Bennington, J Bret and Bambach, R. K., 1996. Statistical testing for paleocommunity recurrence: are similar fossil assemblages ever the same? Palaeogeography, Palaeoclimatology and Palaeoecology 127: 107-134. (Download PDF 4mb)

Abstract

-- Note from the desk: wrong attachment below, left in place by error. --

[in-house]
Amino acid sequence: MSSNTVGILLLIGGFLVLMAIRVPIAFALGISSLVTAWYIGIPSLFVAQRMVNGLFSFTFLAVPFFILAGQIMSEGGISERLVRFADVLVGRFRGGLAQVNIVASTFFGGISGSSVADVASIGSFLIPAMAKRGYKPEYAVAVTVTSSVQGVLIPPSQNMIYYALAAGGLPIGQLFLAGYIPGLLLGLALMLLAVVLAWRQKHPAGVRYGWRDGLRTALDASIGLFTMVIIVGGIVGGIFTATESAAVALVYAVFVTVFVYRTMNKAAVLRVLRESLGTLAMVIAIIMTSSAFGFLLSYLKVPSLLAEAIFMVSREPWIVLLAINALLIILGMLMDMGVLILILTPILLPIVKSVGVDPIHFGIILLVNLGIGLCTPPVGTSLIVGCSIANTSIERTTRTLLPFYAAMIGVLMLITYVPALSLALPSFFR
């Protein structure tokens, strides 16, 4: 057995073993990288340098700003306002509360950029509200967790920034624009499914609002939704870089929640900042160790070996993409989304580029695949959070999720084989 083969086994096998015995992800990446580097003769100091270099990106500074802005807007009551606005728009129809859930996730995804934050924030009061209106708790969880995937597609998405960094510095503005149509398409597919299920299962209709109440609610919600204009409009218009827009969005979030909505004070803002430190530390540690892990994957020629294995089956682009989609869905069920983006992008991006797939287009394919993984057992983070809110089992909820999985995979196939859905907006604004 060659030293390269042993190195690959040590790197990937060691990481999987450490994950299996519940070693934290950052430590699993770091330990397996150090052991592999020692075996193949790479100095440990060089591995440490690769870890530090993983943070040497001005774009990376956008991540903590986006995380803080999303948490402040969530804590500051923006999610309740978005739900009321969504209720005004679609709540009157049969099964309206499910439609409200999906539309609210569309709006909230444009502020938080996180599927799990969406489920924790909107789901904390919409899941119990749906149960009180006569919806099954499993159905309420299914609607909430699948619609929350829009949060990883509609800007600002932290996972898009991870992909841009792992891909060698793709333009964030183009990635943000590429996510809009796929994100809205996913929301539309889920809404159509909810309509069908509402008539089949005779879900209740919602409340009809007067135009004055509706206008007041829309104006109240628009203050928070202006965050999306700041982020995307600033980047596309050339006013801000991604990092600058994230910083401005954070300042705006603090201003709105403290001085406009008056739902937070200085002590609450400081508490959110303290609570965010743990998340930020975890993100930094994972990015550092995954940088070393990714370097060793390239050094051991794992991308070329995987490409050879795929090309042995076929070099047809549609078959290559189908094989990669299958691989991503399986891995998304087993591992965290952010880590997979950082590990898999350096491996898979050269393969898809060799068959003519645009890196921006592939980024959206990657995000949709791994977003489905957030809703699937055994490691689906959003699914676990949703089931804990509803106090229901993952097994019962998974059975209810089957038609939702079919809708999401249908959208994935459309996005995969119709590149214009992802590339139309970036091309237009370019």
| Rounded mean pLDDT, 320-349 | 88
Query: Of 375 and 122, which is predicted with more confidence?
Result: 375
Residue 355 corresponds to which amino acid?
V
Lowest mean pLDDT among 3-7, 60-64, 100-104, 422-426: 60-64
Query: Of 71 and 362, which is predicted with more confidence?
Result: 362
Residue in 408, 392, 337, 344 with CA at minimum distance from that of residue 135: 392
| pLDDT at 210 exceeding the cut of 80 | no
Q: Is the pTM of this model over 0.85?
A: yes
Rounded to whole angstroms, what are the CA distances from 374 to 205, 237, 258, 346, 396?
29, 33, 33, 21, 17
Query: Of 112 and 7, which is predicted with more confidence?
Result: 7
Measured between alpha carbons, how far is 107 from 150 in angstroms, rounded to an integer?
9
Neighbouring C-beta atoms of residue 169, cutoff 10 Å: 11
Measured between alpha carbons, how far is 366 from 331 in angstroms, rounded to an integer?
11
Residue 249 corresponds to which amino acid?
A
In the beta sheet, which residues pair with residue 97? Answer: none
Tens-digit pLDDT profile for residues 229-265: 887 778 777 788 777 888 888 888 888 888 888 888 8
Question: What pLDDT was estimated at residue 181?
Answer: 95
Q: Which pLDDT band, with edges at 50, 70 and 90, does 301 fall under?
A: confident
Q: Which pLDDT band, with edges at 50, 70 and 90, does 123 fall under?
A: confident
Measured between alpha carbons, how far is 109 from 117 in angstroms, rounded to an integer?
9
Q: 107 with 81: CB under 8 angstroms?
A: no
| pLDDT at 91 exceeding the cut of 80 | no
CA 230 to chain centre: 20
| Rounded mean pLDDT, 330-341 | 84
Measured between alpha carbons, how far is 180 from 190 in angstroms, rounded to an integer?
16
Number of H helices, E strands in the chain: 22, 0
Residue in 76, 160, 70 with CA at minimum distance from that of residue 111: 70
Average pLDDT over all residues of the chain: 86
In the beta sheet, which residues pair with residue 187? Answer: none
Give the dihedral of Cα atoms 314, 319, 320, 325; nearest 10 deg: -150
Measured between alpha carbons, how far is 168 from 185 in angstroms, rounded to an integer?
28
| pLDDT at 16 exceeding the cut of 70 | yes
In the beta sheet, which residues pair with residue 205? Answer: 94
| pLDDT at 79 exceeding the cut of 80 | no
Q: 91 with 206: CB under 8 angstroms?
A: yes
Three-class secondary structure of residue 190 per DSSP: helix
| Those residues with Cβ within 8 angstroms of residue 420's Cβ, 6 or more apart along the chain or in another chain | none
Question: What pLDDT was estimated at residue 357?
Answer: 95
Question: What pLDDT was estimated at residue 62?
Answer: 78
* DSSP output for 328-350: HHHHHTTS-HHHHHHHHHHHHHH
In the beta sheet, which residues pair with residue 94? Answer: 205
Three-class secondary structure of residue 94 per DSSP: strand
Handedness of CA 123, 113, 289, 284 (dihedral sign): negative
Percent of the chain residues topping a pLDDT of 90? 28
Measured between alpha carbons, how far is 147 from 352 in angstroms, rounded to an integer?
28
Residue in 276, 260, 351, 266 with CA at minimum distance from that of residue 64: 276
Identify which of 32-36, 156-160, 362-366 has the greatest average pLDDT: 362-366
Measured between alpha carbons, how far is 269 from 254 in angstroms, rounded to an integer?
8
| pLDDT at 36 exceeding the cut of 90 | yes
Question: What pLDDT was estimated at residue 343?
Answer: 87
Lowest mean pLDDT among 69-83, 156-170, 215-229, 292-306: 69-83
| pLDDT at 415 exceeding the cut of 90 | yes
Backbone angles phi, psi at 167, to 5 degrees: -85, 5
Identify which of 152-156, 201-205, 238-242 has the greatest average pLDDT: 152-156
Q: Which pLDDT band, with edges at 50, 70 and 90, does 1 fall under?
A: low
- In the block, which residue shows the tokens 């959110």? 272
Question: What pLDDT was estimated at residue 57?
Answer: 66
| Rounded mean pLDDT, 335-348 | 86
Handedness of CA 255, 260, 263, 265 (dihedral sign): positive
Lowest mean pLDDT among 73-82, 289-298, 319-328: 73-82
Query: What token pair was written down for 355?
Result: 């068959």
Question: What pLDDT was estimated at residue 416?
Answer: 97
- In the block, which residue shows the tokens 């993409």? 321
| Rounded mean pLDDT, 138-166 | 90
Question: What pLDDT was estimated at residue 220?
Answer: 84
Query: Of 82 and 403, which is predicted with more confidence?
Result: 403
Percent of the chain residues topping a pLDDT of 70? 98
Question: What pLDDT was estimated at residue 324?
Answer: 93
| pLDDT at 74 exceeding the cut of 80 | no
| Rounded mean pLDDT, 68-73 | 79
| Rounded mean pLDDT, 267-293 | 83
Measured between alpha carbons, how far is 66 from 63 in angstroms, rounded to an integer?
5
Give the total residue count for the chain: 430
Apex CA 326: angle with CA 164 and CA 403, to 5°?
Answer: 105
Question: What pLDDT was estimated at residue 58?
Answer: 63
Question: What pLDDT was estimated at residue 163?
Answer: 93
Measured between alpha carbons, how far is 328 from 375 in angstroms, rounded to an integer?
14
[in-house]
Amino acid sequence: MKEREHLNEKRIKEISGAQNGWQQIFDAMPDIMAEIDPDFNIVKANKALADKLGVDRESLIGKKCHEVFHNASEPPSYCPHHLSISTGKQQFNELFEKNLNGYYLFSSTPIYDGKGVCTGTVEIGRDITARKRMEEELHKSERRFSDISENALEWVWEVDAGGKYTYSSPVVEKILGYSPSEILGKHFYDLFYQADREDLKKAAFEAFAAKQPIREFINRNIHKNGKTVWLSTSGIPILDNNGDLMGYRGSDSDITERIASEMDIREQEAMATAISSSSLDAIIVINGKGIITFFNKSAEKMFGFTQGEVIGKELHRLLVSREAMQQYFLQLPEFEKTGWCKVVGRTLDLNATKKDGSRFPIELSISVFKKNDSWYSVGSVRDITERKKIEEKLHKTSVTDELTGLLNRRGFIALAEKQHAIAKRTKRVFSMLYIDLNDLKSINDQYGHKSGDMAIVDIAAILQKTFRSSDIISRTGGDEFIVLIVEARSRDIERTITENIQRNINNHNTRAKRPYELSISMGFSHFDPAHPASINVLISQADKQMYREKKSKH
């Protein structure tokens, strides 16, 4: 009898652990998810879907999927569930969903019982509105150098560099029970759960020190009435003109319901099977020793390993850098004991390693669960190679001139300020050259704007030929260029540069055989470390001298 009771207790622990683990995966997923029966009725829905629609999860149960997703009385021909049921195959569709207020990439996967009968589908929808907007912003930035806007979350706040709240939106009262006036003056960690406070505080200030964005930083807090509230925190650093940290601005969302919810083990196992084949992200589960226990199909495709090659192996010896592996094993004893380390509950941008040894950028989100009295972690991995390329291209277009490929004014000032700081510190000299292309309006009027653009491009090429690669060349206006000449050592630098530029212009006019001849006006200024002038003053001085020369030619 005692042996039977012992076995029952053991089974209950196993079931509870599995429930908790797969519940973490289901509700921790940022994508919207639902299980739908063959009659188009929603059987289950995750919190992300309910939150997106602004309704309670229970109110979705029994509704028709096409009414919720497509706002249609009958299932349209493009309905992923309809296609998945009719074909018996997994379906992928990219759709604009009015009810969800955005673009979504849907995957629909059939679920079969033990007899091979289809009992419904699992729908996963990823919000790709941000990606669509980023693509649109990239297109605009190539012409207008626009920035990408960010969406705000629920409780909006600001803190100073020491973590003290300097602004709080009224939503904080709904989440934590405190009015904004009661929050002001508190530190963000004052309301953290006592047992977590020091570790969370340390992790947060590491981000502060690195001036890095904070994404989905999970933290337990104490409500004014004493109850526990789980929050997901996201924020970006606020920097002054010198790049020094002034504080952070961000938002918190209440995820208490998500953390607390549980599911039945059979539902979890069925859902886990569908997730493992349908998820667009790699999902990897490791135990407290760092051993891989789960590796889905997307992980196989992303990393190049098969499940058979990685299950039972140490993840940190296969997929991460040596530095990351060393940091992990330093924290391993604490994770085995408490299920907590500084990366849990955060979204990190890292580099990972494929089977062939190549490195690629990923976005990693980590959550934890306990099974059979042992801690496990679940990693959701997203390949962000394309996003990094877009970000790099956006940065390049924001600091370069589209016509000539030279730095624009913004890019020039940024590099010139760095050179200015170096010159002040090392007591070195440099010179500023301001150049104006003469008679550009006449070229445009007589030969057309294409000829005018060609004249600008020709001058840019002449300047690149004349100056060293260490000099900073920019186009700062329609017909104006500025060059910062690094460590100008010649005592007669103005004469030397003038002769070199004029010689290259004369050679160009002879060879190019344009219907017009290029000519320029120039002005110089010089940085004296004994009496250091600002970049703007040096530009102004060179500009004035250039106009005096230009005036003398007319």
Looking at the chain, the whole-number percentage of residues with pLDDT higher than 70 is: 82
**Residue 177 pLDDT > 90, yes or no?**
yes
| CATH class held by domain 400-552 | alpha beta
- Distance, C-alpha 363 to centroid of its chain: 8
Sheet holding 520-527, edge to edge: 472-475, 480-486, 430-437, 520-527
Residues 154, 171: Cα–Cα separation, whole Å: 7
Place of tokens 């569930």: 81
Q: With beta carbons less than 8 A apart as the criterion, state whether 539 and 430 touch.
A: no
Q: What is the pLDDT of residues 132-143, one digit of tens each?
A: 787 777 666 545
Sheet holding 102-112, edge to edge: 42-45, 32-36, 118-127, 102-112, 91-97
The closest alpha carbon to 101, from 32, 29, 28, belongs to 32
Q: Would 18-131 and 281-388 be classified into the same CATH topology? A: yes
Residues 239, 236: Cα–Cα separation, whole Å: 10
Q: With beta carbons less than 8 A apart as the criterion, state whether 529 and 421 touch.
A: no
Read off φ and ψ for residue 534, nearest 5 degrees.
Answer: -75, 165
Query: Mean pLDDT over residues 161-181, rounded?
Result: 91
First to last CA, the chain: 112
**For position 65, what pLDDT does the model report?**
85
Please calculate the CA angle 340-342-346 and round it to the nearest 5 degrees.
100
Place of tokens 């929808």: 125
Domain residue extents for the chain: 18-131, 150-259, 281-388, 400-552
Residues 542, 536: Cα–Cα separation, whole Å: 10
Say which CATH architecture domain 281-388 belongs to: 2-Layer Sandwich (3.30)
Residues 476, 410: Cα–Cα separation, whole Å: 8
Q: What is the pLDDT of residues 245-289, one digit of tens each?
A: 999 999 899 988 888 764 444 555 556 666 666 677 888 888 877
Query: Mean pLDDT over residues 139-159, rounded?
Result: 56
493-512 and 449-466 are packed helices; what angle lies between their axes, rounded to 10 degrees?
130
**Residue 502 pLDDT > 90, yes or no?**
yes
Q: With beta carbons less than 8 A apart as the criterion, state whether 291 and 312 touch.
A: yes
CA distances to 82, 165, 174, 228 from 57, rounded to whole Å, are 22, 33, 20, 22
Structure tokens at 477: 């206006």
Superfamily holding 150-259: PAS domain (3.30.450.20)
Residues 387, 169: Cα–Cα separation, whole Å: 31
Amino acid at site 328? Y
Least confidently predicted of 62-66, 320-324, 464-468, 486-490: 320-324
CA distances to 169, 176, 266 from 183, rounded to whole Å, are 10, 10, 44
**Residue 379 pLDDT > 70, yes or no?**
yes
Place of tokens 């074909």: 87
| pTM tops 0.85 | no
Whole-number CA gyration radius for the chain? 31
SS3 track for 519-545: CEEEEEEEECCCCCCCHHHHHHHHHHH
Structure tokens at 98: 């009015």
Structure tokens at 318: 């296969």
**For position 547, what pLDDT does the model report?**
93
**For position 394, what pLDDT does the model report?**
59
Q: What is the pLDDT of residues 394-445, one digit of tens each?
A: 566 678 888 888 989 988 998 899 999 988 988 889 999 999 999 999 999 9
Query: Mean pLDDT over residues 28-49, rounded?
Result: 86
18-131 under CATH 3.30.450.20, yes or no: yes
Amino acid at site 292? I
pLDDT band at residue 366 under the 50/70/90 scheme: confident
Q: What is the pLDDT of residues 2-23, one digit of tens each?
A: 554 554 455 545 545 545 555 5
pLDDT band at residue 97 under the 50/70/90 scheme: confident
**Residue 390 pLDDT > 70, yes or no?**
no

Observations of the recurrence of similar fossil assemblages through long intervals of geologic time punctuated by rapid changes in both the composition and structure of fossil assemblages has recently resulted in the hypothesis of ‘coordinated stasis’ to describe this pattern in the behavior of paleocommunities through time. Coordinated stasis may imply the existence of ecological mechanisms that actively maintain particular community structures and thus have a significant impact on the process of macroevolution. However, before such mechanisms can be invoked, it must be shown that ecological stasis as observed in the fossil record is more significant than the persistence of similar community types due to the repeated reinvasion of recurring habitats from a persistent species pool (the ‘null hypothesis’ for paleocommunity recurrence). Analysis of the relationship between communities and paleocommunities and an expansion of the ecological hierarchy at the community/paleocommunity level allows the creation of a rigorous definition of the entities composing the local paleocommunity (the samples collected within a stratigraphic horizon at a single locality), paleocommunity (groups of samples shown to be statistically identical), and paleocommunity type (groups of samples that are similar but can be shown to be statistically different). These definitions permit the development of the null model for paleocommunity recurrence and establish a base-level of variability within a local paleocommunity that permits rigorous statistical comparisons to be made between paleoecological samples at larger temporal and geographic scales. Paleoecological samples from four marine tongues in the Middle Pennsylvanian Breathitt Formation are used to analyze species abundance variability at several spatial and temporal scales and to test for paleocommunity recurrence. Although recurrence of statistically identical local paleocommunities occurs at single localities and between localities within individual marine units, it is usually not detectable between marine tongues, suggesting that paleocommunity recurrence in the marine strata of the Breathitt Formation is the recurrence of paleocommunity types and does not falsify the null hypothesis.